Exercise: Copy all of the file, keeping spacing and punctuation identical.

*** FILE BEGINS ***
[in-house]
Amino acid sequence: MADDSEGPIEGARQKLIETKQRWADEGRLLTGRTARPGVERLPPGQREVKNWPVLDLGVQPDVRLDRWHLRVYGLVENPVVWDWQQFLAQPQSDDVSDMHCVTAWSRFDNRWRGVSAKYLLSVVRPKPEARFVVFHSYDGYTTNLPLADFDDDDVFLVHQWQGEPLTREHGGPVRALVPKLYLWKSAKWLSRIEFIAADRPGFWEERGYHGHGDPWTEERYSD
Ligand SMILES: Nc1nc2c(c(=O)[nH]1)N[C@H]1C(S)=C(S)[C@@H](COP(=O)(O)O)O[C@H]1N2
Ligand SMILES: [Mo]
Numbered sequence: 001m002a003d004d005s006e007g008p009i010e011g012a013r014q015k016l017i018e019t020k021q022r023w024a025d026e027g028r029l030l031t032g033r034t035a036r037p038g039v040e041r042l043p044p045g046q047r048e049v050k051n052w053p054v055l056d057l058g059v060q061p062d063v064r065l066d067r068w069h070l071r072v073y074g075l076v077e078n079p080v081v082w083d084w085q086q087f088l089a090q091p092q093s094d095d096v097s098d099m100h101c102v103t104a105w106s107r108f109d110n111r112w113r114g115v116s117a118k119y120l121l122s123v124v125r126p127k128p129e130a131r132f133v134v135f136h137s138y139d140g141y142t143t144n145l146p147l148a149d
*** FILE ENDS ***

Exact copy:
[in-house]
Amino acid sequence: MADDSEGPIEGARQKLIETKQRWADEGRLLTGRTARPGVERLPPGQREVKNWPVLDLGVQPDVRLDRWHLRVYGLVENPVVWDWQQFLAQPQSDDVSDMHCVTAWSRFDNRWRGVSAKYLLSVVRPKPEARFVVFHSYDGYTTNLPLADFDDDDVFLVHQWQGEPLTREHGGPVRALVPKLYLWKSAKWLSRIEFIAADRPGFWEERGYHGHGDPWTEERYSD
Ligand SMILES: Nc1nc2c(c(=O)[nH]1)N[C@H]1C(S)=C(S)[C@@H](COP(=O)(O)O)O[C@H]1N2
Ligand SMILES: [Mo]
Numbered sequence: 001m002a003d004d005s006e007g008p009i010e011g012a013r014q015k016l017i018e019t020k021q022r023w024a025d026e027g028r029l030l031t032g033r034t035a036r037p038g039v040e041r042l043p044p045g046q047r048e049v050k051n052w053p054v055l056d057l058g059v060q061p062d063v064r065l066d067r068w069h070l071r072v073y074g075l076v077e078n079p080v081v082w083d084w085q086q087f088l089a090q091p092q093s094d095d096v097s098d099m100h101c102v103t104a105w106s107r108f109d110n111r112w113r114g115v116s117a118k119y120l121l122s123v124v125r126p127k128p129e130a131r132f133v134v135f136h137s138y139d140g141y142t143t144n145l146p147l148a149d